The French Navy operates three large amphibious ships, which contain smaller landing craft. Aboard are helicopters, troops, and land vehicles (three Mistral-class amphibious assault ships).
The amphibious groups include one or several landing craft (EDAR and CTM) which allow the projection of inter-arm groups with troops, vehicles and helicopters, and one or several light transport ships (bâtiments de transport léger, BATRAL) which carry motorised infantry companies up to the beaches themselves. They can carry Puma, Cougar and NH-90 Caïman Marine transport helicopters or Gazelle and Tigre combat helicopters, the Commandos Marine, minesweeping units, or Army units.
Destroyers and frigates
The destroyers and frigates are the backbone of the French surface fleet. They secure aero-naval space and allow free action to the other components of the Navy. They are specialised according to the threat, typically escorting other forces (aeronaval or amphibious groups, submarines or civil ships).
- The four anti-air destroyers, two Horizon and two Cassard types are designed to protect the aeronaval group against air threats. They also carry helicopters which can be used for anti-submarine warfare.
- The eight multipurpose destroyers, four Aquitaine type frigates and four Georges Leygues-class destroyers. They carry towed sonars and NH-90 Caïman Marine helicopters, and have anti-ship and anti-air capabilities. The two last FREMM will be built as FREDA type frigates, a specific variant with an air-defence derivative of the FREMM.
- The five La Fayette-class frigates are used primarily as presence ships, to patrol national and international waters, and to take part in dispute settlement outside of Europe. They can therefore act in cooperation with international intervention, protection, special operation or humanitarian missions. They carry AS565 Panther or Lynx helicopters.
- The six Floréal-class frigates are used for patrolling the French coast as well as France's overseas territories. They carry a single Eurocopter AS565 Panther for anti-submarine warfare.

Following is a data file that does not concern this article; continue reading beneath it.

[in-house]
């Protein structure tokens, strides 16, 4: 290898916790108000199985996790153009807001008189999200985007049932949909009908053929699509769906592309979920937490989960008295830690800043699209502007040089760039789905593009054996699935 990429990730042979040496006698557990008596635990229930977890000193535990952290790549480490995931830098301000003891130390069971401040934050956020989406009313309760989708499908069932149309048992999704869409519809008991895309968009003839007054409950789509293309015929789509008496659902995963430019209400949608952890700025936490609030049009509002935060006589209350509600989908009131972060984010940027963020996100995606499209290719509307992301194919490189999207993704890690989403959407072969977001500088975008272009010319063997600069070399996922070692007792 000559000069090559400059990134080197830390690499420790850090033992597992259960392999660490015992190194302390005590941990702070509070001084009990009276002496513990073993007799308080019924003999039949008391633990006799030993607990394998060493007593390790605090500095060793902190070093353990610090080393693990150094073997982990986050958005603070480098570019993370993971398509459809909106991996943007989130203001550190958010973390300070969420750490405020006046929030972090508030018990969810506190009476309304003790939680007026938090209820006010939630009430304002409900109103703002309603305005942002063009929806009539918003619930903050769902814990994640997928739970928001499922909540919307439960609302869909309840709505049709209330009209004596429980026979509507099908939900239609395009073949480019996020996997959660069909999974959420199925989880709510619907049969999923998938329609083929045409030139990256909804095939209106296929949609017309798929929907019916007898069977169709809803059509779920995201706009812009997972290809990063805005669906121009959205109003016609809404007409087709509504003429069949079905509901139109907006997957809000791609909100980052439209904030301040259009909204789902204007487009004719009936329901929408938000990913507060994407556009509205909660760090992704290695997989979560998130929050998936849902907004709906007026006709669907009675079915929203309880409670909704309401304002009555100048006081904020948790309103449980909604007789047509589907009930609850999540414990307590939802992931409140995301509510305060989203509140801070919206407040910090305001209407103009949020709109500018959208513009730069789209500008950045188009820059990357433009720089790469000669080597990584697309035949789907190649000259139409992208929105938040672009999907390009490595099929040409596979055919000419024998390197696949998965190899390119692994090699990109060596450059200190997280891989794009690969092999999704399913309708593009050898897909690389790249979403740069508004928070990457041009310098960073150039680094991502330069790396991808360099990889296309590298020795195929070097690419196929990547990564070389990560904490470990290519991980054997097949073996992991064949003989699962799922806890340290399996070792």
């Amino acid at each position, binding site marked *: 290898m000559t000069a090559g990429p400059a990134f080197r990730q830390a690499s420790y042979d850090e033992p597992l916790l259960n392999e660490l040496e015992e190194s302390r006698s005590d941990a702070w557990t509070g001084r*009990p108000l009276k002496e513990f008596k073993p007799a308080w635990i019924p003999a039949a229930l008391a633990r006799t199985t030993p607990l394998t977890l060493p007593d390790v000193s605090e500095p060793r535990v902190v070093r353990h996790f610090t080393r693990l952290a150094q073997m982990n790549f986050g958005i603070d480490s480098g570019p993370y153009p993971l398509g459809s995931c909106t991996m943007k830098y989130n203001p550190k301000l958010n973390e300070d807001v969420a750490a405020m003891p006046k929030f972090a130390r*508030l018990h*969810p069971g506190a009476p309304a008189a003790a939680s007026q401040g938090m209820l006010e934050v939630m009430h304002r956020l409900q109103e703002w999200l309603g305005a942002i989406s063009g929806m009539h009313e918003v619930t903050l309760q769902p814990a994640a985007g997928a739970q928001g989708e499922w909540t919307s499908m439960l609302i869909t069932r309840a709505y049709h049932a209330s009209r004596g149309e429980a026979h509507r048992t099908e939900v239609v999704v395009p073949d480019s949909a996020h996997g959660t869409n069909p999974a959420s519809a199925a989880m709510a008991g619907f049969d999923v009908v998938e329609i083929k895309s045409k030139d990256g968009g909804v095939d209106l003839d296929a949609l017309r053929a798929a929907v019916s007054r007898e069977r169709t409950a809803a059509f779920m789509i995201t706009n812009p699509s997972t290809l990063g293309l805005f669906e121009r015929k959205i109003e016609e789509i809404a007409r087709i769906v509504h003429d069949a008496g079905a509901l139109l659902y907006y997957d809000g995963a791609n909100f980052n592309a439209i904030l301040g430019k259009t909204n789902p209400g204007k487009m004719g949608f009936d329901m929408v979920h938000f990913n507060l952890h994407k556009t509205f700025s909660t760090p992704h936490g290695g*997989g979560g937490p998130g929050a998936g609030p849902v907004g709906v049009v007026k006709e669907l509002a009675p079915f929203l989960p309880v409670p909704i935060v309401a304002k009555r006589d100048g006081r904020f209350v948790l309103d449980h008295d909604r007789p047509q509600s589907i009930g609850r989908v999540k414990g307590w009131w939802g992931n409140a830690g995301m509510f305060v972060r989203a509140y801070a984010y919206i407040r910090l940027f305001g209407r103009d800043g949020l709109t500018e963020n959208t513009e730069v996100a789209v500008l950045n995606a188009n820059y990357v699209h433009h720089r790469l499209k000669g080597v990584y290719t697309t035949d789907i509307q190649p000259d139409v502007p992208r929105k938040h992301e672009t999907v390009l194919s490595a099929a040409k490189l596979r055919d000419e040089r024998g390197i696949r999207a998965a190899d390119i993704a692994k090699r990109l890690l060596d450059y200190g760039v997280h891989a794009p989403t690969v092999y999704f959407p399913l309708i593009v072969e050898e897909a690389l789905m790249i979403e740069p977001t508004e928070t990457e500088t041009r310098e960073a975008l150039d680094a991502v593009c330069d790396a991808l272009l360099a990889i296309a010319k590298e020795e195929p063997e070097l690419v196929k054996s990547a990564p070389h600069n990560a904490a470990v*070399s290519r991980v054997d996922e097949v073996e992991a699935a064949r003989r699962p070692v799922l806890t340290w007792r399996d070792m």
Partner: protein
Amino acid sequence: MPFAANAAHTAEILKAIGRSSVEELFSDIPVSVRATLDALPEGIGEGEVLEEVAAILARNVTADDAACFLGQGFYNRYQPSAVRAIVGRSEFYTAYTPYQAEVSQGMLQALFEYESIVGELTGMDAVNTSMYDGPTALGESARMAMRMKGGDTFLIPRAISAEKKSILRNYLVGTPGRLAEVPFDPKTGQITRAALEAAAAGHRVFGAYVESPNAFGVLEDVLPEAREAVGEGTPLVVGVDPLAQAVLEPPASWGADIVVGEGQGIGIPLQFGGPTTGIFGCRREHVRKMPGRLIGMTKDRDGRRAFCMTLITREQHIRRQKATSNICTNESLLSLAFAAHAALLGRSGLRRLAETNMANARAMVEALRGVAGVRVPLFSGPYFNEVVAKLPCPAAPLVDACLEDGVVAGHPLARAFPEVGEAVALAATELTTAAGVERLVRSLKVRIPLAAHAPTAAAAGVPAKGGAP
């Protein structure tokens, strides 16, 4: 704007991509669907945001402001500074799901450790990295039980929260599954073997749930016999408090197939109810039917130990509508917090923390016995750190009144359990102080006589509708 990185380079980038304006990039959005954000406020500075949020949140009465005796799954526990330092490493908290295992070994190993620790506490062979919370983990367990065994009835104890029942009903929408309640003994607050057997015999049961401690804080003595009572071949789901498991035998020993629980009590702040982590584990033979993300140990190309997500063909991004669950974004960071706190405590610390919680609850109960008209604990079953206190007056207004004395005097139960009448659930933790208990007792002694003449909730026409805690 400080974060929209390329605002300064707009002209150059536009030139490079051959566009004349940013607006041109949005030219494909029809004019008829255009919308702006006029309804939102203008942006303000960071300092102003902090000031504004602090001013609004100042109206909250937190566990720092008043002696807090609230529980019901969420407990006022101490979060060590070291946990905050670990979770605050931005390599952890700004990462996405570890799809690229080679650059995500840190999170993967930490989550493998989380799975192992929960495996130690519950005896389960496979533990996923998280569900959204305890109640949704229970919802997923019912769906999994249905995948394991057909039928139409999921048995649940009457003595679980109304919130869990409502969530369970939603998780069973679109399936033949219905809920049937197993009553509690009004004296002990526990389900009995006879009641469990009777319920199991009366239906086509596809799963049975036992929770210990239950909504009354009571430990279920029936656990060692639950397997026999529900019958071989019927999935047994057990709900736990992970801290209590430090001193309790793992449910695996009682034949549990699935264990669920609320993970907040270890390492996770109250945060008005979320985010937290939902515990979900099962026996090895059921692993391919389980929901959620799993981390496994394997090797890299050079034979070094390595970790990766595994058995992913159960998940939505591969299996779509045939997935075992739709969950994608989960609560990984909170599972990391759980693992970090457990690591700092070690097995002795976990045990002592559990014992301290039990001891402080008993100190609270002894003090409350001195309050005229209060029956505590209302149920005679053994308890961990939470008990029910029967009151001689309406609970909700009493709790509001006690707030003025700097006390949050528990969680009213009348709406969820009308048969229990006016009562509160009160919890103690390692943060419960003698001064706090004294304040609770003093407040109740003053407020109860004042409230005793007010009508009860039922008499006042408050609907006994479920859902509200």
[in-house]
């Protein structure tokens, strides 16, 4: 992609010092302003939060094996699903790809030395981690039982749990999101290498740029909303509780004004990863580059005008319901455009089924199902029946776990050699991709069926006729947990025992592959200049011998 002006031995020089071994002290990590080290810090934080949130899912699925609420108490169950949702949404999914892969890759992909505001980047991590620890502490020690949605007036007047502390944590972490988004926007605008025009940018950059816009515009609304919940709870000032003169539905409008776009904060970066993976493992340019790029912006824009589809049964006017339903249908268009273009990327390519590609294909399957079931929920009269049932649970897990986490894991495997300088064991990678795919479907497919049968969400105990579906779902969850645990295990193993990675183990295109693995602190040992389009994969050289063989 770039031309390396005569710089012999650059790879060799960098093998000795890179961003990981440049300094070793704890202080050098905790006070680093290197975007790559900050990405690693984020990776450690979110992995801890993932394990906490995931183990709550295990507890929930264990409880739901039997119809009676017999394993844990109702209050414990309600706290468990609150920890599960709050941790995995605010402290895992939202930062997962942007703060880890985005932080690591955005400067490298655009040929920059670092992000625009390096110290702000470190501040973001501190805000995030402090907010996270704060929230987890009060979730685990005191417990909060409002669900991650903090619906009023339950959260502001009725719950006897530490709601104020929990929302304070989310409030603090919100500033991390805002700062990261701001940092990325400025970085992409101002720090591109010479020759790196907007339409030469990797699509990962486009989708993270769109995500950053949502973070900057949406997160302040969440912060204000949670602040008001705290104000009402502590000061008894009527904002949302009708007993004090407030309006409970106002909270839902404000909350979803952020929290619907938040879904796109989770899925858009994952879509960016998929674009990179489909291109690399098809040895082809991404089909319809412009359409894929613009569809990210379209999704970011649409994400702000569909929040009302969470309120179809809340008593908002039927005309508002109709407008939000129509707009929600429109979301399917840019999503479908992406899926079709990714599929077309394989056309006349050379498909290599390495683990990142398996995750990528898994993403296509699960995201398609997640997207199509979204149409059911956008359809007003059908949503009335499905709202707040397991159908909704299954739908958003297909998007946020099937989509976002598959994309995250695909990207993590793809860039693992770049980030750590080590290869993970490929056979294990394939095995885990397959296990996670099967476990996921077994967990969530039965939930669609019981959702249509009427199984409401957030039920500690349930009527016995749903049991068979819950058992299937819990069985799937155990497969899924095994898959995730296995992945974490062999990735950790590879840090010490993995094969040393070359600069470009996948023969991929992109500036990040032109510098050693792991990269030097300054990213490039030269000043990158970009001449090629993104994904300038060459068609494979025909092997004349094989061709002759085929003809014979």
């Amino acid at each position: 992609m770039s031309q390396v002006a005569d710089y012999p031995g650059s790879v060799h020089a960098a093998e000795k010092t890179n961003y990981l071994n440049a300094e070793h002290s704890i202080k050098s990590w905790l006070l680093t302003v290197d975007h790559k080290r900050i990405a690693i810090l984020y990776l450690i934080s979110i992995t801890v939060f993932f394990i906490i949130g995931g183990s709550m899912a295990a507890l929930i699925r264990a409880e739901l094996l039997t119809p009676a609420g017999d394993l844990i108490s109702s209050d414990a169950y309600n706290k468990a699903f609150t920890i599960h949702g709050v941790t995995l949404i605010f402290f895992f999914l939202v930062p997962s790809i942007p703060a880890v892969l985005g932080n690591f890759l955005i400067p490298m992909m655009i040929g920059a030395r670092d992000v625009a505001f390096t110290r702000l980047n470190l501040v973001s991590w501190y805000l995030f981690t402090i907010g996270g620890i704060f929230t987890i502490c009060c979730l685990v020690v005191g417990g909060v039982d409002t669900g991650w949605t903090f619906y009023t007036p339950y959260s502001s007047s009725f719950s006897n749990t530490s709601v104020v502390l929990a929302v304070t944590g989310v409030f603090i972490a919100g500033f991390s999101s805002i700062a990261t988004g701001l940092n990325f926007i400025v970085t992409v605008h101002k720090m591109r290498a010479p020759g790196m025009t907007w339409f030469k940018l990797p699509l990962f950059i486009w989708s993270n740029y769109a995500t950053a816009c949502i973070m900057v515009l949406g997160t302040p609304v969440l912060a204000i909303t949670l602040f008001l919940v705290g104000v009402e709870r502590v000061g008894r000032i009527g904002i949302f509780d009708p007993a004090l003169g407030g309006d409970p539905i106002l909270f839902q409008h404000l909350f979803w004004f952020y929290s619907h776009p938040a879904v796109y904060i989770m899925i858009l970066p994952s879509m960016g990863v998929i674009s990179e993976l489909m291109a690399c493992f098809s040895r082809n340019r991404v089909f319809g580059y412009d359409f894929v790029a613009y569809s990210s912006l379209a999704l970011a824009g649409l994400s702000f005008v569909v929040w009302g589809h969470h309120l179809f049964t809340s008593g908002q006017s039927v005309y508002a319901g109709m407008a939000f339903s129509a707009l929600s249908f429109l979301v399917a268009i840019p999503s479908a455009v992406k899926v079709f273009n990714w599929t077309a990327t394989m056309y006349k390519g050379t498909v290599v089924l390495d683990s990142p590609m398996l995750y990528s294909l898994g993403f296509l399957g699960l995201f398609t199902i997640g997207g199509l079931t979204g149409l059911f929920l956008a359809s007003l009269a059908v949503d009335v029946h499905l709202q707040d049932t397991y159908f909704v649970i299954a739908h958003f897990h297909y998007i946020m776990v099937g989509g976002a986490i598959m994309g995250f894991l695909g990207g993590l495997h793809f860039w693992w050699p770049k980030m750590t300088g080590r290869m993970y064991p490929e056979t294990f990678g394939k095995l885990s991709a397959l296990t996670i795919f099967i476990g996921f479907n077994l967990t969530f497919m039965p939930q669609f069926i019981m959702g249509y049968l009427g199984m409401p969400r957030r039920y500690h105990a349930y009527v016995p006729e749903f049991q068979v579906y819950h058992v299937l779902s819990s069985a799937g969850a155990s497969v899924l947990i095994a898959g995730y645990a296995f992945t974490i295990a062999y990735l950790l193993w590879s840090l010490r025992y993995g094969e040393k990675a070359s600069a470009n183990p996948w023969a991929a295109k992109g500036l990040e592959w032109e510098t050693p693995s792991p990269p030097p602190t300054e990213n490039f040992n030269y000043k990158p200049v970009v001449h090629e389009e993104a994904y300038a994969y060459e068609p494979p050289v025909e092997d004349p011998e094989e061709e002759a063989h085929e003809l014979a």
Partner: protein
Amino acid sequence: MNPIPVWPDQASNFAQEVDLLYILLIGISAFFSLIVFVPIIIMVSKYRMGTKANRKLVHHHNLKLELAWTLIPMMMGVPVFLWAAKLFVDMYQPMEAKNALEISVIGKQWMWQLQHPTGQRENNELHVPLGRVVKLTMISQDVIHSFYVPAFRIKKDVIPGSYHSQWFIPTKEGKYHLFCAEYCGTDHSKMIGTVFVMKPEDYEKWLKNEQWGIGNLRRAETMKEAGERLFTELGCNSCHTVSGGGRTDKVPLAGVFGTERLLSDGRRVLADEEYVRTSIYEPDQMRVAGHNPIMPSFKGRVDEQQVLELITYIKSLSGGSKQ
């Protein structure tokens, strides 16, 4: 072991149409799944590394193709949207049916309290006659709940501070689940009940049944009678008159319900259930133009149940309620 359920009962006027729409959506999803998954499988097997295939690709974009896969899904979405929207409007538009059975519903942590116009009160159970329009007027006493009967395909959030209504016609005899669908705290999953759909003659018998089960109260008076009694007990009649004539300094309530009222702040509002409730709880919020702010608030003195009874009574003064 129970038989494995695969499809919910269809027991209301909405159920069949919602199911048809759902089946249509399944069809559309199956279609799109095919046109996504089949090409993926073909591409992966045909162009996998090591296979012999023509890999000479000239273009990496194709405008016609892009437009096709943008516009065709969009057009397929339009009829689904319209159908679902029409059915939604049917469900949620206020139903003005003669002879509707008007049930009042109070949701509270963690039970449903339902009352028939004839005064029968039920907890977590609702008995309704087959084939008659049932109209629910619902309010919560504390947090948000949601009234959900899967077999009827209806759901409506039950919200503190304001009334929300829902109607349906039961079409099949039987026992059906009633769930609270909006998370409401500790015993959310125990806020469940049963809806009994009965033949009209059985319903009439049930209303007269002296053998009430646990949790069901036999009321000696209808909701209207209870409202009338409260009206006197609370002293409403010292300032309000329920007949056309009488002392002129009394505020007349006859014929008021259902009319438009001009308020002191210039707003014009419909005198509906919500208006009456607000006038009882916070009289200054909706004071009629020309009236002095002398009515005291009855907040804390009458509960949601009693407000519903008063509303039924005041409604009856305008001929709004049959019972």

The minesweepers secure major French harbours, especially for the ballistic-missile submarines in Brest, and the attack submarines in Toulon. They also stay available to secure access to Toulon, Marseille, any of the harbours of the Atlantic coast, and any Allied harbour simultaneously.
They are designed to be used within a larger group, interallied or international, in case of mine risks near coasts.
In peacetime, these units can bring help and assistance to civilian ships, or search wrecks.
This force includes 1,100 men and:
- 13 minesweepers
- 3 minesweeping diver groups for shallow waters.
- Several sonar ships which secure the area around Brest harbour
- One command and support ship
These 65 vessels (as of 2019) patrol harbors, territorial waters, and the world's second largest exclusive economic zone (EEZ), including enforcing fishing, environmental, and criminal laws, and conducting or supporting recovery operations.
Six Floréal-class frigates perform sovereignty tasks, mainly by controlling the large French EEZ, carrying out police action, and monitoring fishing activities. They operate in low-risk environments. All six are based overseas (two at Réunion, two at Martinique, one in French Polynesia, and one in New Caledonia)
54-metre (177 ft) offshore patrol vessels (OPVs):
- Prior to 2011, ten P 400 OPVs operated in pairs at Réunion, Martinique, French Guiana, French Polynesia, and New Caledonia. Of these, only La Glorieuse (P 686) and La Moqueuse (P 688), both based at Nouméa, New Caledonia, remain.
- Flamant (P 676), Cormoran (P 677), and Pluvier (P 678) fill similar roles of patrolling beyond territorial waters out of metropolitan France.